Getting intimate

This year’s Intimadance Festival focuses on the theme of designed movement in daily life.

June 13, 2013 15:34
2 minute read.
‘LOVING ARABS’ by Hillel Kogan

‘LOVING ARABS’ by Hillel Kogan. (photo credit: Gadi Dagon)

The definition of choreography is the art of designing movement.

Although this form is generally associated with the stage, choreography can be found everywhere in our daily lives, from the post office to nightclubs to the highways leading in and out of town. This year, the new artistic directors of Tmuna Theater’s Intimadance Festival, Rotem Tashach and Inbal Yaacobi, asked choreographers to focus on the kind of designed movement that takes place outside of the dance studio, in pedestrian life.

Eleven pieces will be premiered as part of the Intimadance Festival, which will take place over four days next weekend. The creations have been divided into two programs.

The Tel Aviv Municipality, together with the Ministry of Culture and Sports, supports the Intimadance Festival.

Despite limited funds, the event has succeeded in growing not only in the number of performances presented each year but also in prestige. For many local choreographers and dance lovers, Intimadance offers the clearest picture of the latest trends and issues afoot in the local community. Many of the pieces created for Intimadance have gone on to be seen on stages around the country and to tour internationally.

Unlike other local dance festivals, the Intimadance Festival always begins with a topic or theme. In previous years the themes have been a work of literature, colors or a single word. Yaacobi and Tashach chose the notion of choreography in the broader sense of the word as a response to a growing trend in the Israeli dance community.

Tashach and Yaacobi are two artists who approach dance not only from movement but also from thought.

Whereas dance makers once followed an accepted path of first dancing with a major company for many years, then later trying their hand at choreography, today’s choreographers come from all different walks of life. Many successful choreographers have never danced for a company, have never actually been hired as professional dancers and received their training in other fields.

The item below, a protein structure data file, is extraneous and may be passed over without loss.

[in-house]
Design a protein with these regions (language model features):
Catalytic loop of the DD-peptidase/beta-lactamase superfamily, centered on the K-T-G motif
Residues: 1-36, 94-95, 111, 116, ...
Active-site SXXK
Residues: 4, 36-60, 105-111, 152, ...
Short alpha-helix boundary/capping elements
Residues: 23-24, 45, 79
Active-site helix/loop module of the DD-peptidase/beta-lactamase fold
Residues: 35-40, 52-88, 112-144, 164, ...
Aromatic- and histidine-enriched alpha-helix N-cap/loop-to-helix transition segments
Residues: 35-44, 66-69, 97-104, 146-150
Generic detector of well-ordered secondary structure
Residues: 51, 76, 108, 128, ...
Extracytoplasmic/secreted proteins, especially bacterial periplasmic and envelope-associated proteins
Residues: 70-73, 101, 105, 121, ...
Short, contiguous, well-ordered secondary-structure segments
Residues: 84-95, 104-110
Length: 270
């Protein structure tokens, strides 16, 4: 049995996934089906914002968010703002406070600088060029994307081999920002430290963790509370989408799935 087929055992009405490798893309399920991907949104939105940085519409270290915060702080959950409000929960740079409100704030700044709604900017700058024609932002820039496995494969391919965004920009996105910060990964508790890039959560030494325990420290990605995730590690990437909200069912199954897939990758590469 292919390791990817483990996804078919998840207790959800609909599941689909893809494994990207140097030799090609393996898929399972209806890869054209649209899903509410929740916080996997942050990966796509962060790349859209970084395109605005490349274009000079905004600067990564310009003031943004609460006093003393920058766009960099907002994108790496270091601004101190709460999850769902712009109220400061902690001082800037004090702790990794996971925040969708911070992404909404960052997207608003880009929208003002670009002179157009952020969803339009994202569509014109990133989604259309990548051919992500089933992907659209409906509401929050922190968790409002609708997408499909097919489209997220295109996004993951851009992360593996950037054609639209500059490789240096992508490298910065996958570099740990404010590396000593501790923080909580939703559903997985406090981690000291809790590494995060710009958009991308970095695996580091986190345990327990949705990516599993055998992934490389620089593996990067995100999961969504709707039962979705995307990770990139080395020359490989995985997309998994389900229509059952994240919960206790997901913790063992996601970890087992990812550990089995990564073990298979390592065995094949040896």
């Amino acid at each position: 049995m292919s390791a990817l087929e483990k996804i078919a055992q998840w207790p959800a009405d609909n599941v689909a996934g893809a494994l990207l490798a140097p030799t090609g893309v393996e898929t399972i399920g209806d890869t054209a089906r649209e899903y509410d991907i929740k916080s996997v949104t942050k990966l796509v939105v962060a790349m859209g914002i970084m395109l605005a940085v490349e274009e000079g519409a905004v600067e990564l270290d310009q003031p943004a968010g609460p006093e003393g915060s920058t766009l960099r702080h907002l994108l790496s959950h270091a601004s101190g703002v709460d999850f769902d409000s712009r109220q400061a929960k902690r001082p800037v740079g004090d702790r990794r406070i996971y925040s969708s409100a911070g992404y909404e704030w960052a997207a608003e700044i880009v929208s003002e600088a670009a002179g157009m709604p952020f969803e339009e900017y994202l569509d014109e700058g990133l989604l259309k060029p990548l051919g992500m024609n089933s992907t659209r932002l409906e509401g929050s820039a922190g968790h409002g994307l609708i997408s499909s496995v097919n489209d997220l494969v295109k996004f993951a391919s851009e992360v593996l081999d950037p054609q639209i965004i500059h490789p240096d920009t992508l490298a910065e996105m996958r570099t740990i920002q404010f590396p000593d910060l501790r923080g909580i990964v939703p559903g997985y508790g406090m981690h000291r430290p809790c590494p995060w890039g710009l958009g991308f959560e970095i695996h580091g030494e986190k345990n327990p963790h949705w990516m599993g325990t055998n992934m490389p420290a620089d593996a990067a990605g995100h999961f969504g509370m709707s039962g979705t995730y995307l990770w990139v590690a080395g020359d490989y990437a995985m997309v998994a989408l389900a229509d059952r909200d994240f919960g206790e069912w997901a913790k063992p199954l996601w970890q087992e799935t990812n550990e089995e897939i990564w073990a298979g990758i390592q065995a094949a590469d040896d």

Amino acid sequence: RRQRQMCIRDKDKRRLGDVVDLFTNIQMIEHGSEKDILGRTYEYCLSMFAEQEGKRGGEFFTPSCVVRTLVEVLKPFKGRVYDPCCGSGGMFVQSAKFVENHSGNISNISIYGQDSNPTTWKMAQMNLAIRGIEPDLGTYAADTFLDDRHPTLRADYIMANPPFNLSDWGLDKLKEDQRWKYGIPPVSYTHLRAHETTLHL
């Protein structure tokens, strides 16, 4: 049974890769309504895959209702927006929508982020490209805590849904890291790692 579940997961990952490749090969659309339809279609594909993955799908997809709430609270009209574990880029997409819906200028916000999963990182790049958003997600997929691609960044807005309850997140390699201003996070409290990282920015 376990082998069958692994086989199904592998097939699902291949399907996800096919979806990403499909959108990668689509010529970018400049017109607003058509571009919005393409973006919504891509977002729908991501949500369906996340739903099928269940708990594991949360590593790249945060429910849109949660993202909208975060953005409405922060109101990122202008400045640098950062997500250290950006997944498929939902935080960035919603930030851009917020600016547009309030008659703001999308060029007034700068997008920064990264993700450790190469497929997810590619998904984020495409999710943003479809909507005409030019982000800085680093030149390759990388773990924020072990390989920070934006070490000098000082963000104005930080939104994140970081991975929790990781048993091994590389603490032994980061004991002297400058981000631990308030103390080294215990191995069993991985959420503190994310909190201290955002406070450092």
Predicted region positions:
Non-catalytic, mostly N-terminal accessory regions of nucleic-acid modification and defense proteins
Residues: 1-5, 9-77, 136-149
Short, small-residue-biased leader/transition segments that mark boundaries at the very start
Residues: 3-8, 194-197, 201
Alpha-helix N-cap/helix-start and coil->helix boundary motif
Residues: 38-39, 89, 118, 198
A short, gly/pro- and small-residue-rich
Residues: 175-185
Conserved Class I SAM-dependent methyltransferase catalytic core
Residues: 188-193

This fact has largely changed the type of work being presented on Israeli stages.

From a place of technique and physicality, dance is being pulled into a theoretical, philosophical moment.

Program A will consist of five pieces: Attempts at Hypnosis by Maya Brinner; Comfortable with Difficulty or How I Stopped Cutting Onions with a Cake Knife by Ariel Bronz and Bar Altaras; Ruth The Spy by Asher Lev; Zamnemet by Saar Skali; and A Bit More Free by Tal Shibi.

Program B will present Miss Catch by Maayan Horesh and Nitsan Lederman; Barcode by Gabrielle Neuhaus; Loving Arabs by Hillel Kogan; and Intersection by Olivia Court Mesa.

Each program will be presented three times during the course of the weekend.

The festival will also host a number of performances beyond the two programs curated by Tashach and Yaacobi. The band Ground Heights will host an evening of music and dancing inspired by African and Caribbean rhythms. The Adler Trio will present a lineup of their favorite songs. And Shimrit Or will host her father in a joint show.

Adva Zakai will present About Yesterday , a performance in which today’s audience influences tomorrow’s show. According to Zakai, who lives and works in Brussels, the Intimadance audience will dictate what the Belgian audience will think of contemporary dance this coming fall.

The Intimadance Festival will take place June 19-22. For more information, visit

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